Robert Earl Keen
8 p.m. Sunday, December 27, at House of Blues, 2200 N. Lamar St., 214-978-2583 or, $45-$97.50

If you haven’t drunkenly sung along to Robert Earl Keen’s classic holiday ode “Merry Christmas From the Family,” then you haven't properly experienced a trashy Christmas in Texas. But that song is only one of Keen's many must-hears, which he rolls out for each show. Songs such as “The Road Goes on Forever,” “Corpus Christi Bay” and “Gringo Honeymoon” are cited as influences by most decent Texas country artists, who can perform them during encores at the drop of a hollered request. Keen has stayed relevant and avoided becoming a stale legacy act by continuing to produce one killer record after another. Indeed, it seems Keen's musical road will go on forever, and for his fans that's a holiday gift that keeps on giving. Kelly Dearmore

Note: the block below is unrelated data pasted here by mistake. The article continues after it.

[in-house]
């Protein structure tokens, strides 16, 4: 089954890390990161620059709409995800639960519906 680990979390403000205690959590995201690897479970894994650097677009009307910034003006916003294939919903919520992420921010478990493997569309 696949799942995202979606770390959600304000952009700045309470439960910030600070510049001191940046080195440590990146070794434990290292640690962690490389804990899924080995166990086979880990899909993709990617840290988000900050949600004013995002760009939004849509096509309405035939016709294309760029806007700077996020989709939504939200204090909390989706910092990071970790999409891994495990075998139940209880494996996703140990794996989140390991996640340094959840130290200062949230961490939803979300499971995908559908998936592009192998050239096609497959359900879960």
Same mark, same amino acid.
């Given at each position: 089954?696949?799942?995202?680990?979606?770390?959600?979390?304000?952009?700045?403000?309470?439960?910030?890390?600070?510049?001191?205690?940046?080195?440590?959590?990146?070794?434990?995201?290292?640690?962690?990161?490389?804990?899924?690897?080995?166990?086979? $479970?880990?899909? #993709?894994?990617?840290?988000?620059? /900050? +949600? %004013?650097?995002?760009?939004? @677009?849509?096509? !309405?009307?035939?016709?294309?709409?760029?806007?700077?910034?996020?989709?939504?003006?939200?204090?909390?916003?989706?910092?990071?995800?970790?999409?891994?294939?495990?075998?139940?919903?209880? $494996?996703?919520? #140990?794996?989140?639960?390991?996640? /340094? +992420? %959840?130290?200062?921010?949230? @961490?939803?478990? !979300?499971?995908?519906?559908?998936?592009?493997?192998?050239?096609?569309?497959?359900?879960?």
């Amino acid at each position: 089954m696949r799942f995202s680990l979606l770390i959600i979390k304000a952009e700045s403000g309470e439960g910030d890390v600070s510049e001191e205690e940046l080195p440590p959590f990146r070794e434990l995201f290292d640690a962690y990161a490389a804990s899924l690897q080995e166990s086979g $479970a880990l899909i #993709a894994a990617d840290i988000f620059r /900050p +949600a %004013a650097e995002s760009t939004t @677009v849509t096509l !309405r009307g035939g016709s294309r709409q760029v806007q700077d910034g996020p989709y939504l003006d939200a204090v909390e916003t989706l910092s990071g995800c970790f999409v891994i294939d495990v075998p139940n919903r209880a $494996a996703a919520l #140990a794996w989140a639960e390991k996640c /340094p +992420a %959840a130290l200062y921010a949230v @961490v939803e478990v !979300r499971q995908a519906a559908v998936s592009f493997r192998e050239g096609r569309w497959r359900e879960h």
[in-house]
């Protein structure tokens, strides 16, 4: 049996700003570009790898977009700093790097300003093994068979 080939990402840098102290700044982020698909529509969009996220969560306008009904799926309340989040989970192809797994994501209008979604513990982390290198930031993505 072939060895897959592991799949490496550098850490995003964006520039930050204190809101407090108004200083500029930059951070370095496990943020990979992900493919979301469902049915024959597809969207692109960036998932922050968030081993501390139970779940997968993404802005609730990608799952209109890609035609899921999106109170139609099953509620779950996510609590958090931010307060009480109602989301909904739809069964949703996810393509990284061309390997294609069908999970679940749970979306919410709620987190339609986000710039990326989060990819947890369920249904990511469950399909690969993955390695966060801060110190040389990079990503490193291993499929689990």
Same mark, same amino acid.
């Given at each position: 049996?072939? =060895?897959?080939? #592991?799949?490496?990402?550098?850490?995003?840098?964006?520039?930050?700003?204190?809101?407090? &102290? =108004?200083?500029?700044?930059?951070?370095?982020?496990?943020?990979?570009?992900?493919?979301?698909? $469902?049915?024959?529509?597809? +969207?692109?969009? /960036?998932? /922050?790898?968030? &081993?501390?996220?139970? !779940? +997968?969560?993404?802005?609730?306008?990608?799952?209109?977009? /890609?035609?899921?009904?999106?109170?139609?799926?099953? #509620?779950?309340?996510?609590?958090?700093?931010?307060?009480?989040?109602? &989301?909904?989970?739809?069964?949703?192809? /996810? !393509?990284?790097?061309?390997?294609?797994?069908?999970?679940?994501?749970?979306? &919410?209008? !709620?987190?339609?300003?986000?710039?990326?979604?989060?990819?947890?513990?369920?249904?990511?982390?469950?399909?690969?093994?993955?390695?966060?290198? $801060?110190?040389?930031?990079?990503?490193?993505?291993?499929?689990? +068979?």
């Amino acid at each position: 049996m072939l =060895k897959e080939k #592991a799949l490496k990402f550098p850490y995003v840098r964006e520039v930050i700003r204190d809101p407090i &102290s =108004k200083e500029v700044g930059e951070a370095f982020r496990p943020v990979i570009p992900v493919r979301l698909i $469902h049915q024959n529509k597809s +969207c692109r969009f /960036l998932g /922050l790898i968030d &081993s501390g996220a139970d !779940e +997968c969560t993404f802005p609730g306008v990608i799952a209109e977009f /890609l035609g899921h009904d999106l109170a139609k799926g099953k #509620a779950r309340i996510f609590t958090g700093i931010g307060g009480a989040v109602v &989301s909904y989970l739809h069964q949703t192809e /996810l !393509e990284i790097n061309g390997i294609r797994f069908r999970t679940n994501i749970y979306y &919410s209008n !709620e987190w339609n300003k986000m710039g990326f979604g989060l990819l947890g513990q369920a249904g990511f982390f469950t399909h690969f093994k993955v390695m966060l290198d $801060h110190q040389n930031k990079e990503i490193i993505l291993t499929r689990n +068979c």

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Matt Wood
Contact: Matt Wood